Reporting John McDevitt
Filed underEnvironment, Heard On, Local, News, Philadelphia, Syndicated Local, Tech, Watch + Listen
PHILADELPHIA (CBS) - NASA still isn’t sure where a defunct spacecraft will fall as it heads toward Earth.
The Upper Atmosphere Research Satellite (UARS) weighs six tons and as big as a school bus, but most of it will break up and burn before hitting the earth’s atmosphere, according to Derrick Pitts, chief astronomer at the Franklin Institute in Philadelphia.
Pitts says there are about 26 pieces of the satellite with a total weight of 1,200 pounds that have a chance of reaching the surface of the earth.
And Pitts points out that since the earth is 75 percent covered with water, the likelihood is that it will fall in an ocean rather than on land.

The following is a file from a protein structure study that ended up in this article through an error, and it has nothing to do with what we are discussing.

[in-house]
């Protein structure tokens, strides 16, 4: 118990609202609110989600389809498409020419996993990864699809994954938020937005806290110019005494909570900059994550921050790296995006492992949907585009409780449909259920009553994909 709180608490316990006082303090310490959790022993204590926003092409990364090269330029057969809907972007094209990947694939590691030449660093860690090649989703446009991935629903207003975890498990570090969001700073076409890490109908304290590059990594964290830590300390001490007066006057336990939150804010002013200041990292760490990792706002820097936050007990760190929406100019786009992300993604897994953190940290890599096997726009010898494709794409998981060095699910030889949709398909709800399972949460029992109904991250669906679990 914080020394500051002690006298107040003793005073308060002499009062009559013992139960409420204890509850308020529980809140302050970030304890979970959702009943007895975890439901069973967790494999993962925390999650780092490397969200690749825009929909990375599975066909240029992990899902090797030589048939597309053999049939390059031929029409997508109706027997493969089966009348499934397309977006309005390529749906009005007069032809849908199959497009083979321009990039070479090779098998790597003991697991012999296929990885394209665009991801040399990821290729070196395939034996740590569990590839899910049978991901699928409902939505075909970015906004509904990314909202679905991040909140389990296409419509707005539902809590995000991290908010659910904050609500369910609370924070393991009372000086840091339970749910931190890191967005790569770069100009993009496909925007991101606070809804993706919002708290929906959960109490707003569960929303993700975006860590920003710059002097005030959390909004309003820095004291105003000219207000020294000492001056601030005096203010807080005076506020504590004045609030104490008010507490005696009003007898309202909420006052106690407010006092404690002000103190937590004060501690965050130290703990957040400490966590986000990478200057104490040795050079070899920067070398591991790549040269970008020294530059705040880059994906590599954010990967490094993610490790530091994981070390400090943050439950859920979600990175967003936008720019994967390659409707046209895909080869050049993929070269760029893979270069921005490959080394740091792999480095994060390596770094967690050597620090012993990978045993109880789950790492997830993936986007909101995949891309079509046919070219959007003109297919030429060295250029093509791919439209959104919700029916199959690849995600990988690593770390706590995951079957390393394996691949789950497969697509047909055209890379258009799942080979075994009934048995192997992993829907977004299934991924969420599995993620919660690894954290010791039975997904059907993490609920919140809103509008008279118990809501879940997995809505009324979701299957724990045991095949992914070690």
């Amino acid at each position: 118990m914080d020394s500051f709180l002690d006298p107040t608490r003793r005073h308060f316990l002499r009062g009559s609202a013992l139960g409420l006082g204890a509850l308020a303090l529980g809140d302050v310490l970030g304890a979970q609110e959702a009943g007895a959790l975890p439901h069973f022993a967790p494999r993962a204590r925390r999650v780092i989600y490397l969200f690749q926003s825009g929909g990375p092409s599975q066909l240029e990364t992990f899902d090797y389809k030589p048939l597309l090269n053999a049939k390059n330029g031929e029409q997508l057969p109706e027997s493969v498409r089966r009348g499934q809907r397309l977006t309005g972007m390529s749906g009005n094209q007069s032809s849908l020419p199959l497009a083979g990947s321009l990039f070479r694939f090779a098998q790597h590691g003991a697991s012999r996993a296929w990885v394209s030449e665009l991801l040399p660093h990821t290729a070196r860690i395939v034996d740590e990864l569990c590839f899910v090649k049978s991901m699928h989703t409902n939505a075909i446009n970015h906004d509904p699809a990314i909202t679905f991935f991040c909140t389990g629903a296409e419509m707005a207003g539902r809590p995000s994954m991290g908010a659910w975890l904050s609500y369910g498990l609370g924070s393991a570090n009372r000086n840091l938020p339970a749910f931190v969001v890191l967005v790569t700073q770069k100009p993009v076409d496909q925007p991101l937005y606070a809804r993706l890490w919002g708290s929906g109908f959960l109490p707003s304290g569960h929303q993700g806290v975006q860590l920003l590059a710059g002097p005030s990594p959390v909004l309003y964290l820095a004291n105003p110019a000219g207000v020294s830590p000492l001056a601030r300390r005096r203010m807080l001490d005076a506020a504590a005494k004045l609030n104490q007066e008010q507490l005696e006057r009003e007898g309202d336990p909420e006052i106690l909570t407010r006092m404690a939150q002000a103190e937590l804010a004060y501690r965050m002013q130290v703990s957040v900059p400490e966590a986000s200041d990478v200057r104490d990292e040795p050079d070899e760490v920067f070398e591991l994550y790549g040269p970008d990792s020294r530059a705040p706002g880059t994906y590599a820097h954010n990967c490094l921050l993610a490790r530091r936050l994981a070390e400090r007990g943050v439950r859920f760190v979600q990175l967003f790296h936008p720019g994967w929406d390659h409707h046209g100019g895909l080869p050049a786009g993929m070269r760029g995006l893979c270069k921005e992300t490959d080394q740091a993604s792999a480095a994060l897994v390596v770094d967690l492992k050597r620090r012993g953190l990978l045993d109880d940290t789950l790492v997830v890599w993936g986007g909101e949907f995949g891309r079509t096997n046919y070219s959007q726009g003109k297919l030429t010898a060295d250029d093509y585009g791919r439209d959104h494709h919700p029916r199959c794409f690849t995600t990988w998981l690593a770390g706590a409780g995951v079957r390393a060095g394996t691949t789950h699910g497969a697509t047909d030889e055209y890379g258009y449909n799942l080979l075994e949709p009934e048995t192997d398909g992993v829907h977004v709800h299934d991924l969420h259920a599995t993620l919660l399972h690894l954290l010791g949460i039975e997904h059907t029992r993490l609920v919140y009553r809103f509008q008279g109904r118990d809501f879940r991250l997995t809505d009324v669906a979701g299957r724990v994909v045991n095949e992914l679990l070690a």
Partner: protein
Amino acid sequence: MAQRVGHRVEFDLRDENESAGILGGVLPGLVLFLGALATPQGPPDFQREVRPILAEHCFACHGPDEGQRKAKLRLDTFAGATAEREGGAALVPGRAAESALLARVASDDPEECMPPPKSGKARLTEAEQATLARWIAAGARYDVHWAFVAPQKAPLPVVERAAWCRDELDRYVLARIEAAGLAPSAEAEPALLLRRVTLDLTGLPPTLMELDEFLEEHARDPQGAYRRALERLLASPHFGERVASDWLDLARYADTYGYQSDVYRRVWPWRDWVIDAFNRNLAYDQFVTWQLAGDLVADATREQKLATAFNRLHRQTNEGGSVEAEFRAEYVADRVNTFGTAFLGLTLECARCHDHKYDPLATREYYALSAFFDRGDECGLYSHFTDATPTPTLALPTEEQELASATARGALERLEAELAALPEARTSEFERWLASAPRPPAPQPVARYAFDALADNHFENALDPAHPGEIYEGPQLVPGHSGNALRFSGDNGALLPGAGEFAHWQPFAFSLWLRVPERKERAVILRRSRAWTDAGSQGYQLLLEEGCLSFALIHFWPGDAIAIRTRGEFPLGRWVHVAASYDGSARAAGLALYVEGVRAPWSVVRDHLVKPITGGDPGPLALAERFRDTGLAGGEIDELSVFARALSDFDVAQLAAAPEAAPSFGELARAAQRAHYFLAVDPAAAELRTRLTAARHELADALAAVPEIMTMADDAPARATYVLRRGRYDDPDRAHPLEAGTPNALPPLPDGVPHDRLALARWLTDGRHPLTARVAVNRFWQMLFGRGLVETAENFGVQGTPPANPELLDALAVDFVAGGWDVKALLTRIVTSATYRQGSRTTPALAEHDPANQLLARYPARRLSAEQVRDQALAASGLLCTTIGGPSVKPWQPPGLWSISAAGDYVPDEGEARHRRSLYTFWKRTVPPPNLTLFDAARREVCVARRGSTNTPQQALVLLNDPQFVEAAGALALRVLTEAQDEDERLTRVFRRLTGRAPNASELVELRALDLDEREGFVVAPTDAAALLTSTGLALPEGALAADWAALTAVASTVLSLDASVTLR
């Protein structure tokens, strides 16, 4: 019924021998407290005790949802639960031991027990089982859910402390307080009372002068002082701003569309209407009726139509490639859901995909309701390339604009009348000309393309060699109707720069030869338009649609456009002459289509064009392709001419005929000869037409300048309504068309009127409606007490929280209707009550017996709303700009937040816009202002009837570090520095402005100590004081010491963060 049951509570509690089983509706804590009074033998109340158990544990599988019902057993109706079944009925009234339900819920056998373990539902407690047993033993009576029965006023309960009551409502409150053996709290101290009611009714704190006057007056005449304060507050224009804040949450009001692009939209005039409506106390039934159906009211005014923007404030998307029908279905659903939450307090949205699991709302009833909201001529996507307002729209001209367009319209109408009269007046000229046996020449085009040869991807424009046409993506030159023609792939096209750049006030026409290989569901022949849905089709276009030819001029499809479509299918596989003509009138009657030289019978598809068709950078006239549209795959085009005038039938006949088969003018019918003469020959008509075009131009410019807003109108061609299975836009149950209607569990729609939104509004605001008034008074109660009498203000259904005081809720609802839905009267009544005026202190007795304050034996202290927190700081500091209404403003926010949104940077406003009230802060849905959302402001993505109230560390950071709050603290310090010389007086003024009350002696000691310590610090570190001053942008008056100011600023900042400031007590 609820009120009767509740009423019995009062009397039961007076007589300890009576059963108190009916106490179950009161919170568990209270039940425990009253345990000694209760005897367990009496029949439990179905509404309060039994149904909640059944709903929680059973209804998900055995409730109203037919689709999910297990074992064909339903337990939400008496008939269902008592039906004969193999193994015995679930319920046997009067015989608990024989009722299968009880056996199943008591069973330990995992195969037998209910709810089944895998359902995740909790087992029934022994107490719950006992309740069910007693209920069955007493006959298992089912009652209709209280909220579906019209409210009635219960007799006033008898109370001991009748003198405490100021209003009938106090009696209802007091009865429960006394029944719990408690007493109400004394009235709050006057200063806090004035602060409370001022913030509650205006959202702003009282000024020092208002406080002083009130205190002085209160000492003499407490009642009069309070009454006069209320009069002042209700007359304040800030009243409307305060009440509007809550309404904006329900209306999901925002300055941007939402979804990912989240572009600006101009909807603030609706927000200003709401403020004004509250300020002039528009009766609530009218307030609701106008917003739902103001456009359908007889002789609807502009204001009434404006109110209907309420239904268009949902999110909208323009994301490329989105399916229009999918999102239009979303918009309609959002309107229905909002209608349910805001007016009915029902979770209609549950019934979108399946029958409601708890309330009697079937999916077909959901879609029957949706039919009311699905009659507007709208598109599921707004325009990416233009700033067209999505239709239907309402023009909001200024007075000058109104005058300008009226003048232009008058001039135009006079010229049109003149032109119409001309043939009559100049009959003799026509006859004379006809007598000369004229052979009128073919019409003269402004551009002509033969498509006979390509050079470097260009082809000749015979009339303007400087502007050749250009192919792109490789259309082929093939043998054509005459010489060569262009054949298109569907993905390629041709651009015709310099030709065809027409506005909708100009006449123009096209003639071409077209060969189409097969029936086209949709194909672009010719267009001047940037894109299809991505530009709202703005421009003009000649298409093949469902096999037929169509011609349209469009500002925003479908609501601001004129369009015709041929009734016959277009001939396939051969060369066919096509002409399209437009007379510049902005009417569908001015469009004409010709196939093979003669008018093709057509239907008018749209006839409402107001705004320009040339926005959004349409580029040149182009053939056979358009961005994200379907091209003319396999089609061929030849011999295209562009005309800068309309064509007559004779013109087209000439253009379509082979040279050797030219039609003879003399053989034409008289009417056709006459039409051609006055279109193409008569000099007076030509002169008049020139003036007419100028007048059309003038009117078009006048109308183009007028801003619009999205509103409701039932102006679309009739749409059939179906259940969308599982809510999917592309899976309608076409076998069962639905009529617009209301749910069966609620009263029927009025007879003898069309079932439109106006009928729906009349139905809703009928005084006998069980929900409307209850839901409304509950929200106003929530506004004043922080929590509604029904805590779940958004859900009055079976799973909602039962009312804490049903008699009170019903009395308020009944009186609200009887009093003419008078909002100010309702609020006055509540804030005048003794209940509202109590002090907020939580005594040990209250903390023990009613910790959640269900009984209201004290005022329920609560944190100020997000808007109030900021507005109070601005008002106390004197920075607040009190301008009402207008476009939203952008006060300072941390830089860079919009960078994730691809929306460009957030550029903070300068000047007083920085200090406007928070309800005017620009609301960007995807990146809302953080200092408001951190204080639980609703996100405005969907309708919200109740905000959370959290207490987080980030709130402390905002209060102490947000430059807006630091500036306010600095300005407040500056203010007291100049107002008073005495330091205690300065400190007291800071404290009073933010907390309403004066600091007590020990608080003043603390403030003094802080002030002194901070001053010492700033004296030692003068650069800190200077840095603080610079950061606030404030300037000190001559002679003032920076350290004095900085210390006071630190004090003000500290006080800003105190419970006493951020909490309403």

“Even if this comes down over land,” he adds, “when you look at how the population of the planet is distributed, most of the earth’s surface is pretty much empty anyway, so that again reduces the chances of someone being injured by falling pieces of debris. That has never happened before.”
He says there will be a better indication about midday Friday where the satellite could fall.
Reported by John McDevitt, KYW Newsradio 1060